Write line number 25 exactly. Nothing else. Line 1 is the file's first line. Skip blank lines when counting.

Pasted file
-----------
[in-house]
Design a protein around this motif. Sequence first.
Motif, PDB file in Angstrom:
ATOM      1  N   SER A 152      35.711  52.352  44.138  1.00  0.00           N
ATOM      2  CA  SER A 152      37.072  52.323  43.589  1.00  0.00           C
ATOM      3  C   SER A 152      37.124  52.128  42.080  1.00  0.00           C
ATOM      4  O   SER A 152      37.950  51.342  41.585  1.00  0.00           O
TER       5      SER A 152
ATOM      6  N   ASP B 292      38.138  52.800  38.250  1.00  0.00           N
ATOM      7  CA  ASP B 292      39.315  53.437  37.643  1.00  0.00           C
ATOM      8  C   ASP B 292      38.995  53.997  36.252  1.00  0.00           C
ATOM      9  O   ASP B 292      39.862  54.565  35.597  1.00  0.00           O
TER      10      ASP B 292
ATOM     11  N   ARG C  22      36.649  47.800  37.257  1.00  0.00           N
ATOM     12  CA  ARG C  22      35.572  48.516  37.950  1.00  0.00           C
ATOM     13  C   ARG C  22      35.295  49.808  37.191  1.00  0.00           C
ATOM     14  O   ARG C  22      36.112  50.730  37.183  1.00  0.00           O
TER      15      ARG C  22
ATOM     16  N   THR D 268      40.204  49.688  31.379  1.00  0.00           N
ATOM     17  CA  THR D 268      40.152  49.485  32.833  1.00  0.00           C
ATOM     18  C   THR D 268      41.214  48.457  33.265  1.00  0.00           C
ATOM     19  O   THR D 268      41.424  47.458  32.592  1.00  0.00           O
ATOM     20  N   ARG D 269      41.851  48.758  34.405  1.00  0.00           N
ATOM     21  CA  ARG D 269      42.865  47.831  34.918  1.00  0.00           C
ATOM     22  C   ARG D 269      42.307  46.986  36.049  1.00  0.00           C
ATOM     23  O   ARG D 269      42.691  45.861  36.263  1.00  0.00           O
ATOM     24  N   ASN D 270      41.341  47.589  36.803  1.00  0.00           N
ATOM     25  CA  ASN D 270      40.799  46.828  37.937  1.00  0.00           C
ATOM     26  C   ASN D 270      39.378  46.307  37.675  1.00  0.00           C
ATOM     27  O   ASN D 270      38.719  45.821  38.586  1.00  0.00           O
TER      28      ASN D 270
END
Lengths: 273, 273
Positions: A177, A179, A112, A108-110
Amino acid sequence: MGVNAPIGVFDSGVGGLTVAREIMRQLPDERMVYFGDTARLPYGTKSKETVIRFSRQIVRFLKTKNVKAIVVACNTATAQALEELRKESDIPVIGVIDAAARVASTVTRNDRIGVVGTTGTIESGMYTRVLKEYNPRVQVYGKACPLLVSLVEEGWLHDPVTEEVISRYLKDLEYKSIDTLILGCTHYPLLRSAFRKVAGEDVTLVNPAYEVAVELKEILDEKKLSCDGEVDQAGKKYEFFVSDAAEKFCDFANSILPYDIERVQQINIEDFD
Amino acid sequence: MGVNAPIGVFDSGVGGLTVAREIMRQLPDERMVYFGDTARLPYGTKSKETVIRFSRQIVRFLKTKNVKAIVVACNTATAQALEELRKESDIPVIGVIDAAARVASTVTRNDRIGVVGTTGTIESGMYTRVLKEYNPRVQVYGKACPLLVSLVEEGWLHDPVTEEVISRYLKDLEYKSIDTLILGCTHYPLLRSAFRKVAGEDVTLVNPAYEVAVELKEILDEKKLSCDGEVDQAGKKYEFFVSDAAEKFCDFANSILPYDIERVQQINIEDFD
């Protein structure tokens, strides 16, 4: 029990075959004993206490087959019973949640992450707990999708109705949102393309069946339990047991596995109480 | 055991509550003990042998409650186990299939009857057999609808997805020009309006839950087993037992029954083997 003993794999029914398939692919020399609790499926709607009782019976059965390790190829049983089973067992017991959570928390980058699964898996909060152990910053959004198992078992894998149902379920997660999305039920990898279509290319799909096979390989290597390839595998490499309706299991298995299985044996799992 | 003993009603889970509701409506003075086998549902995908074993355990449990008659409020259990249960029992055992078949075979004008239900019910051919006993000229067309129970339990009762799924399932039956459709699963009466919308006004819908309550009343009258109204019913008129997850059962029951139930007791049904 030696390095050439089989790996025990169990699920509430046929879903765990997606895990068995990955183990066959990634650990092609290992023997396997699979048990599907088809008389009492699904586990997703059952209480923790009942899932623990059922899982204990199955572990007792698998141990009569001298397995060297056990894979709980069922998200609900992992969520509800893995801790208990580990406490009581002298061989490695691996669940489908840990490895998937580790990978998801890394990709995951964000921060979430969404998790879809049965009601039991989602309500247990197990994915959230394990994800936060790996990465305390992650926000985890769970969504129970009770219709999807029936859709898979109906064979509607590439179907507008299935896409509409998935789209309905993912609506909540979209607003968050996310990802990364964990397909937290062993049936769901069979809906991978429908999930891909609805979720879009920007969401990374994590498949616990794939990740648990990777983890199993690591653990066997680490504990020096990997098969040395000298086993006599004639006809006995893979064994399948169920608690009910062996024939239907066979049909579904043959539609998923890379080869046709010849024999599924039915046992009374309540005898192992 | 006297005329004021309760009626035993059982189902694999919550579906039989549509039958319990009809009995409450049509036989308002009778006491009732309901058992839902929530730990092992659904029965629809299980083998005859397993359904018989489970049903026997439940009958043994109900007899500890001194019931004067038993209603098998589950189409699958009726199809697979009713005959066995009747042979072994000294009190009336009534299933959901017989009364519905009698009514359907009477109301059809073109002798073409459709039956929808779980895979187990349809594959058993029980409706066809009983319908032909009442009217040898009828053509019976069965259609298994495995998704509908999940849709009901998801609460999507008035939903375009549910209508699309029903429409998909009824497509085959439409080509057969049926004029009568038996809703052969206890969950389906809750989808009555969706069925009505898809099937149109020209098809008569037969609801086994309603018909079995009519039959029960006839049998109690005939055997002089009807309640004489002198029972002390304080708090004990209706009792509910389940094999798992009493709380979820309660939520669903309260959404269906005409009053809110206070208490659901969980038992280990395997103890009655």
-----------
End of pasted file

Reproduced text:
ATOM     22  C   ARG D 269      42.307  46.986  36.049  1.00  0.00           C